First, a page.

The Institute for the Biocultural Study of Religion (IBSR) was founded and directed by Patrick McNamara and Wesley J. Wildman. It aims to promote and support research into the manifold functions of religion. These include its biocultural function which involves areas like the biology of religious and spiritual experiences. This website informs visitors of the research, training and outreach activities they engage in. Resources available include: reviews of recent publications in the area; information on news and events; access to a number of papers written by the institute's researchers; and annotated links to the homepages of relevant organizations and journals, and the websites of external conferences and projects. A search engine is also available. This should be an interesting resource for the students of religion.
This is the homepage of the Institute for the Study of Christianity in an Age of Science and Technology (ISCAST Ltd), Australia. It is a non-profit company which focuses on the relationship between Christianity and developments in science and technology. Headed by Emeritus Professor John R Pilbrow, the institute engages in research, teaching and public debate. This website allows access to a number of resources useful for those studying Christianity and the ethics of science and technology. These include: the full contents of the institute's online journal; texts of the public lectures they organise; an online discussion forum; information about the activities they engage in; and an annotated list of links to relevant websites. Visitors are also allowed to view and download the institute's bulletin as well as a publication edited by Allan J. Day entitled Science and Spirituality: Approaches in a Post Modern World (ISBN: 095789340X).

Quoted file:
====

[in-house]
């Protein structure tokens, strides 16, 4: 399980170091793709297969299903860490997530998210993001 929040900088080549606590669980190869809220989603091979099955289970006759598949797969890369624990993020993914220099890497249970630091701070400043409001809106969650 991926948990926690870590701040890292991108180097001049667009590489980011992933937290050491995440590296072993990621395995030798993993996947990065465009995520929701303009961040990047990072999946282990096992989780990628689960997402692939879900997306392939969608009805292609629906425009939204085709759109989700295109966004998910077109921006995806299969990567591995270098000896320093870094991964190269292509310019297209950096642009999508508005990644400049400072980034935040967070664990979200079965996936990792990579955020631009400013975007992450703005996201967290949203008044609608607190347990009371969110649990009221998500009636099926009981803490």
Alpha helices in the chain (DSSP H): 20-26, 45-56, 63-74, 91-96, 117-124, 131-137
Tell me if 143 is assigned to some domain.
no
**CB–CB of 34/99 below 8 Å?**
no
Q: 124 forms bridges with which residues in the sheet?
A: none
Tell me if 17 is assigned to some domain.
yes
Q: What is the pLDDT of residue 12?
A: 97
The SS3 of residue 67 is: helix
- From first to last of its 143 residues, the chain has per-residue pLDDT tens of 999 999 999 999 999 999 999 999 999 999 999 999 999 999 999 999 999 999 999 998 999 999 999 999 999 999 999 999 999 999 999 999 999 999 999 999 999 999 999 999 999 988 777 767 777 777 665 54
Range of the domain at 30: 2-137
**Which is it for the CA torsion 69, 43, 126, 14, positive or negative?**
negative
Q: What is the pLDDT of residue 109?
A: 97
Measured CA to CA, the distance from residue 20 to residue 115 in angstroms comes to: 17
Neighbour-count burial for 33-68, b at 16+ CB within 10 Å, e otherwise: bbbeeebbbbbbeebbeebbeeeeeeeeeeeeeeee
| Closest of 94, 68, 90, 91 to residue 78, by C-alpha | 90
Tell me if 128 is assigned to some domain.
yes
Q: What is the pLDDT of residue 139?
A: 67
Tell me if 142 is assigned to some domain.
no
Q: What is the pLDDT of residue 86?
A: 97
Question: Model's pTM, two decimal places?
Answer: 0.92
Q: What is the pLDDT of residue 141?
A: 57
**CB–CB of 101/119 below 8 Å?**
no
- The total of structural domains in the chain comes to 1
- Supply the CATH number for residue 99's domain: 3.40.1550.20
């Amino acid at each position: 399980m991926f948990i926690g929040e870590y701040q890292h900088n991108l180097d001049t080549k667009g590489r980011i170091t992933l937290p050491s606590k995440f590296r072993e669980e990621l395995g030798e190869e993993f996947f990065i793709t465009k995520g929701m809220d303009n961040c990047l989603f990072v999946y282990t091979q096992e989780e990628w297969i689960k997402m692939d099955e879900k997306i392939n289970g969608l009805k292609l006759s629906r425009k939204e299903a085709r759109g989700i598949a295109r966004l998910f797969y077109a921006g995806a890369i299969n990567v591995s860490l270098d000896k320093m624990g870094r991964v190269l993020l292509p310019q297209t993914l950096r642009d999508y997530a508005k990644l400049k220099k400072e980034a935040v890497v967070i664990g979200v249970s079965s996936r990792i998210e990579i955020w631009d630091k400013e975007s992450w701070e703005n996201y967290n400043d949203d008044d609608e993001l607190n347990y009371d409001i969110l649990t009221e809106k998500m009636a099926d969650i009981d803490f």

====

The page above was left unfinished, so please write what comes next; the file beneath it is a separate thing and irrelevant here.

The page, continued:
Christian Perspectives on Science and Technology is the online journal of the Institute for the Study of Christianity in an Age of Science and Technology, Australia (ISCAST Ltd). This website allows access to material published from 1996 onwards, presented in PDF (and hence requiring Adobe Acrobat Reader). The contents can be browsed by category: articles; opinion; book reviews; reflections; discussions; and the editor's column. A search engine is also available. Titles featured include: The Genesis of Everything: A Historical Account of the Bible's Opening Chapter; Modern Science and Christian Belief Should be at Peace; The Impact of Einstein's Relativity on Christian Thought; and Biotechnology and Medical Ethics: Thinking Biblically About Contemporary Medicine. The resource would be of interest to those studying religion and the ethics of science and technology. The journal is edited by Dr Bruce Craven.